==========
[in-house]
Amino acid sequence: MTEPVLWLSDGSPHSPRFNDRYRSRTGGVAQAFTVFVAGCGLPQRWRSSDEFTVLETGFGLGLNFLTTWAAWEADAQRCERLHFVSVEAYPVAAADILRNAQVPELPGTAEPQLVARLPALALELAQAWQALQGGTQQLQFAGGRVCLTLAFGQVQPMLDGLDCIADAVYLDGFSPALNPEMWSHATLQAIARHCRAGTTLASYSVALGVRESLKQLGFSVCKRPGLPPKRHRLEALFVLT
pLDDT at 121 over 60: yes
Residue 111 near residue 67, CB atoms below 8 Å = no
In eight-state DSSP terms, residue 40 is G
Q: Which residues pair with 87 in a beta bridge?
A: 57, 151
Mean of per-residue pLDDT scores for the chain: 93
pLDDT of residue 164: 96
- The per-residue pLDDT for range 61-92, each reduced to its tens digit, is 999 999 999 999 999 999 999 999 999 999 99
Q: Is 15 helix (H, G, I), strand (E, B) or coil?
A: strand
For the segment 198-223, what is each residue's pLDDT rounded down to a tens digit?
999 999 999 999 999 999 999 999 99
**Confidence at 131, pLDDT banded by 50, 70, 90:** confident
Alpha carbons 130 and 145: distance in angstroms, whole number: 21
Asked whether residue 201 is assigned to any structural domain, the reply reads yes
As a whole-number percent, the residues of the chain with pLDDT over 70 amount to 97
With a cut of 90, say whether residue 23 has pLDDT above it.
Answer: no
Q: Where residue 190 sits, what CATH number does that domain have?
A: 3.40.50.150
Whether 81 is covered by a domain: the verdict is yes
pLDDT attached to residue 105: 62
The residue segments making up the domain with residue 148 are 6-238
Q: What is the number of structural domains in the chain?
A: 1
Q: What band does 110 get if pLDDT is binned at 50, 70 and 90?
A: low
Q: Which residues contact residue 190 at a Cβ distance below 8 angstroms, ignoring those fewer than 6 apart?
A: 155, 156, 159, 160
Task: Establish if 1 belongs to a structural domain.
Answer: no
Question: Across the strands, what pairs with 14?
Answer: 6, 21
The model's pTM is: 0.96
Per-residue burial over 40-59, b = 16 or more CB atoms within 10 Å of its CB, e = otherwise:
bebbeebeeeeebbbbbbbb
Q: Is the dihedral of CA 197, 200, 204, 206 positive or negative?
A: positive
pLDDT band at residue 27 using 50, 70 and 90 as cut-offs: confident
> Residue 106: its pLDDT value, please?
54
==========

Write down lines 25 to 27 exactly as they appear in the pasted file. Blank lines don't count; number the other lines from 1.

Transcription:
The residue segments making up the domain with residue 148 are 6-238
Q: What is the number of structural domains in the chain?
A: 1